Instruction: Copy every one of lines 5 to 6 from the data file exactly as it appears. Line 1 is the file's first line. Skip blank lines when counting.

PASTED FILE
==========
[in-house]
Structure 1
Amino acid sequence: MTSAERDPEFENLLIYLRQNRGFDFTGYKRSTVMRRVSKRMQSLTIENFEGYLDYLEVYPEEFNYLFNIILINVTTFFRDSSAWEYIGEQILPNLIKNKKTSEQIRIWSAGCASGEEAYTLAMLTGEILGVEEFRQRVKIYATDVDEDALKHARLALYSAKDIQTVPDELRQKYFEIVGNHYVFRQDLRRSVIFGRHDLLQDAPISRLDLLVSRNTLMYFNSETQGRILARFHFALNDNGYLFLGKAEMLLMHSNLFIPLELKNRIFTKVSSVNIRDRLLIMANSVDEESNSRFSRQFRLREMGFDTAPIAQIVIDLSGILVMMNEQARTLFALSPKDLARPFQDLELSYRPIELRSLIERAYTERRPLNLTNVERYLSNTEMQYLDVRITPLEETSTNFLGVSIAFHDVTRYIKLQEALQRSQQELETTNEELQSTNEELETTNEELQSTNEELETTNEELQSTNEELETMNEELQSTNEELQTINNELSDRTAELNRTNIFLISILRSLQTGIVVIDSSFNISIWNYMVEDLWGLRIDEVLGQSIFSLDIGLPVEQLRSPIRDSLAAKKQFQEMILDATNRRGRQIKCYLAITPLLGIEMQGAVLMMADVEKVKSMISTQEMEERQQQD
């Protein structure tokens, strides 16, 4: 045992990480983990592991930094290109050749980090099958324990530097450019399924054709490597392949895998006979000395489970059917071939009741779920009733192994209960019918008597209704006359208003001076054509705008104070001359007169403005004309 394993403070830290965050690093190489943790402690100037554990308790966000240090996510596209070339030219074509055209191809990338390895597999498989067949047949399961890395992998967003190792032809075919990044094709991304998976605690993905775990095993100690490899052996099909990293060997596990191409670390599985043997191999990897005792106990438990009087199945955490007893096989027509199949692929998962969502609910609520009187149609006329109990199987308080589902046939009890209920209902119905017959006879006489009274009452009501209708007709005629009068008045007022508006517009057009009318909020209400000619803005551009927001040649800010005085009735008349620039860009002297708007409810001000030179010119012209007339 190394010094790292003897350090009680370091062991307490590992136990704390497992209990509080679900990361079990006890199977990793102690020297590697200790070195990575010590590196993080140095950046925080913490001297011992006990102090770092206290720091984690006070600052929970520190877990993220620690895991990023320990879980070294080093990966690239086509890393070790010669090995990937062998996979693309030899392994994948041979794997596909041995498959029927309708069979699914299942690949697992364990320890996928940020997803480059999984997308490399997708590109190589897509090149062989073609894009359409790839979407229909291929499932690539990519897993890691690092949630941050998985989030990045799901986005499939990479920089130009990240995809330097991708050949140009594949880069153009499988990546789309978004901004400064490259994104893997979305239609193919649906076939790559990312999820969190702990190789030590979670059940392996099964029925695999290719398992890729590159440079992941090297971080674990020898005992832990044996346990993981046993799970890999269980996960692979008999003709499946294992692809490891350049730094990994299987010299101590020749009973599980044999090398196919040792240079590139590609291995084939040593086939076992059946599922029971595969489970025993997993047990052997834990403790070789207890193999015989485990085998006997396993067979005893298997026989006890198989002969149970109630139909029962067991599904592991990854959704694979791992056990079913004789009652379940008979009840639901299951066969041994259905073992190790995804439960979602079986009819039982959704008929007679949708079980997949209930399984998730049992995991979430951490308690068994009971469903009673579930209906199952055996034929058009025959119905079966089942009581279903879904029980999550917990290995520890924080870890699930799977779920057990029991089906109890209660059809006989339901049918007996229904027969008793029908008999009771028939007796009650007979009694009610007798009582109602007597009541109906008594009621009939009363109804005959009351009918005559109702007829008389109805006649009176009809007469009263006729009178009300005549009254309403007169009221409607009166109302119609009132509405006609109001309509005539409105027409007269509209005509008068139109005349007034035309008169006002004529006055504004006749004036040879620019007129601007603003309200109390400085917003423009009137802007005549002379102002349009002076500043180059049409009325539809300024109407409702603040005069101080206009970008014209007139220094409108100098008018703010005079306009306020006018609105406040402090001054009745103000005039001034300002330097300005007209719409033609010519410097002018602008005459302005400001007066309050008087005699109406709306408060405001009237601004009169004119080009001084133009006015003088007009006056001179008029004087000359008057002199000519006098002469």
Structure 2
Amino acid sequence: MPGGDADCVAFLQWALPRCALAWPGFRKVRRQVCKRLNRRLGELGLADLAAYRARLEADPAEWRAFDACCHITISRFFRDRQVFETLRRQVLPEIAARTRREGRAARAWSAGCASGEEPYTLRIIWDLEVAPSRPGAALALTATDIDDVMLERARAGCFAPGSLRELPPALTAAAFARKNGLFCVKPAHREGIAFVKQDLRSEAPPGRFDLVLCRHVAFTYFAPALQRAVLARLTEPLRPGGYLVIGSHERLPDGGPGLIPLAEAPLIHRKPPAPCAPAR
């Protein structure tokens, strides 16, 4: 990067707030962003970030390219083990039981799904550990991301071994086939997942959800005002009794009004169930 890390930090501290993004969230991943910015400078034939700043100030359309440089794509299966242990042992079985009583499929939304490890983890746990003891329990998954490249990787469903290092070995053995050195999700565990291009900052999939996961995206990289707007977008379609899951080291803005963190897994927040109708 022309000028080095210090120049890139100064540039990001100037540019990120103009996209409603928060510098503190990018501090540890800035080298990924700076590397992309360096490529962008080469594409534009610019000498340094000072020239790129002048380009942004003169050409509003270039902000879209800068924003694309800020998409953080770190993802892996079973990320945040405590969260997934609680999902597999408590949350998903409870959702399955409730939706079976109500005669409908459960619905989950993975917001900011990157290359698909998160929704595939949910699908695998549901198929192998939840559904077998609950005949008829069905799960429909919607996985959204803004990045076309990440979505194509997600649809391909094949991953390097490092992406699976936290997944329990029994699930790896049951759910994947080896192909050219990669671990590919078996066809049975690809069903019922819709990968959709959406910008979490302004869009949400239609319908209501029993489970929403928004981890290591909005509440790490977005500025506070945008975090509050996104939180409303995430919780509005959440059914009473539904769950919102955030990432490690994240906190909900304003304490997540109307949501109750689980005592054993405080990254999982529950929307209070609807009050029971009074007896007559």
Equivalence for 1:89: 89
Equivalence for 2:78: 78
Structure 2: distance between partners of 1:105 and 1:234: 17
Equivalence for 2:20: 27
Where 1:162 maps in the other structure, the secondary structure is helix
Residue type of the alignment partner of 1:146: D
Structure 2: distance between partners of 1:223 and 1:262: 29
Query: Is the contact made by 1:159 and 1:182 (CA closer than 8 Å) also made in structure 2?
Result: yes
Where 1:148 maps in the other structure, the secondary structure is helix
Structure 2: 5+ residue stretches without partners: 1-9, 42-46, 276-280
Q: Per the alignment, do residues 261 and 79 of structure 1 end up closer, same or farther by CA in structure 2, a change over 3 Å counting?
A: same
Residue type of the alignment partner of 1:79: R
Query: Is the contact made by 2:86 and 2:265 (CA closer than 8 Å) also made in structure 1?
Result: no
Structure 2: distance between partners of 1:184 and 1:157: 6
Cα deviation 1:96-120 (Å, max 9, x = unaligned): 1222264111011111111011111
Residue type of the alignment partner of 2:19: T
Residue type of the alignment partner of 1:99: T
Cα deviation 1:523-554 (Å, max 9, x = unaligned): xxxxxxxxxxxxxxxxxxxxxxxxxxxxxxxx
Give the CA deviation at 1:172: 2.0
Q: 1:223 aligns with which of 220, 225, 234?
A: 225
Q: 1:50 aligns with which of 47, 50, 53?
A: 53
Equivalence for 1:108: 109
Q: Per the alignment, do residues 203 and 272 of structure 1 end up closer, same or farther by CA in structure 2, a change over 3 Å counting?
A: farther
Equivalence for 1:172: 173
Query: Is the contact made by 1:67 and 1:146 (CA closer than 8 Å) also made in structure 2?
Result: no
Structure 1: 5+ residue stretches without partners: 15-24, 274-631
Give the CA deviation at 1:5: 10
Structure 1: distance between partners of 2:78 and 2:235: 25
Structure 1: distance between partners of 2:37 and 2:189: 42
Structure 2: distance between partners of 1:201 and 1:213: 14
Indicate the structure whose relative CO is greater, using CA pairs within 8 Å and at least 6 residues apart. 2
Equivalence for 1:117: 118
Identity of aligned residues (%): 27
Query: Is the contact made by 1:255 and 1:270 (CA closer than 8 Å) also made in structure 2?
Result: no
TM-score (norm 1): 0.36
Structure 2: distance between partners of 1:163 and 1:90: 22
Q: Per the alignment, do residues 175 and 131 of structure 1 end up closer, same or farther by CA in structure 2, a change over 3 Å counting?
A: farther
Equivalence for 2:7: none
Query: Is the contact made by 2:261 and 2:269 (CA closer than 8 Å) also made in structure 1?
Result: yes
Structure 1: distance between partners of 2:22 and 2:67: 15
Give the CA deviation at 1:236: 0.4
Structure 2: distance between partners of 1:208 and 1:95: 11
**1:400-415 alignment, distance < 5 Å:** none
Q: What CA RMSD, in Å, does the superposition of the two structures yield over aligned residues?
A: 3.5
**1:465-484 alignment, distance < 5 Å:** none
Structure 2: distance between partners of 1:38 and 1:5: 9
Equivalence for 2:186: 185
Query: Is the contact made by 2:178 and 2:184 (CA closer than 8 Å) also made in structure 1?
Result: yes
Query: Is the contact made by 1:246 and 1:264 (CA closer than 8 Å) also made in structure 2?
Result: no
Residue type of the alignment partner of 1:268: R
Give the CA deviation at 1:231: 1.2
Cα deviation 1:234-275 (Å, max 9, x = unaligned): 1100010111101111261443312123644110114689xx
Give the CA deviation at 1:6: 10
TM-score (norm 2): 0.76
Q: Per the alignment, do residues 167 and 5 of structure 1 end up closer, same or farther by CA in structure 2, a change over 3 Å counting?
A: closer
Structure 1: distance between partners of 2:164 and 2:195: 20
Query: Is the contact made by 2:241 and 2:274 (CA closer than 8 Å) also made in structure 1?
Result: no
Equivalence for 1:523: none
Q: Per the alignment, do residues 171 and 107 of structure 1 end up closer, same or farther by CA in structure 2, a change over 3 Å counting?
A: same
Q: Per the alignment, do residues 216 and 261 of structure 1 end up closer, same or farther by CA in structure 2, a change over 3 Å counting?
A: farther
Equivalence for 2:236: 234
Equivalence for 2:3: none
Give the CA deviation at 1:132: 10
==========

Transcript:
Structure 2
Amino acid sequence: MPGGDADCVAFLQWALPRCALAWPGFRKVRRQVCKRLNRRLGELGLADLAAYRARLEADPAEWRAFDACCHITISRFFRDRQVFETLRRQVLPEIAARTRREGRAARAWSAGCASGEEPYTLRIIWDLEVAPSRPGAALALTATDIDDVMLERARAGCFAPGSLRELPPALTAAAFARKNGLFCVKPAHREGIAFVKQDLRSEAPPGRFDLVLCRHVAFTYFAPALQRAVLARLTEPLRPGGYLVIGSHERLPDGGPGLIPLAEAPLIHRKPPAPCAPAR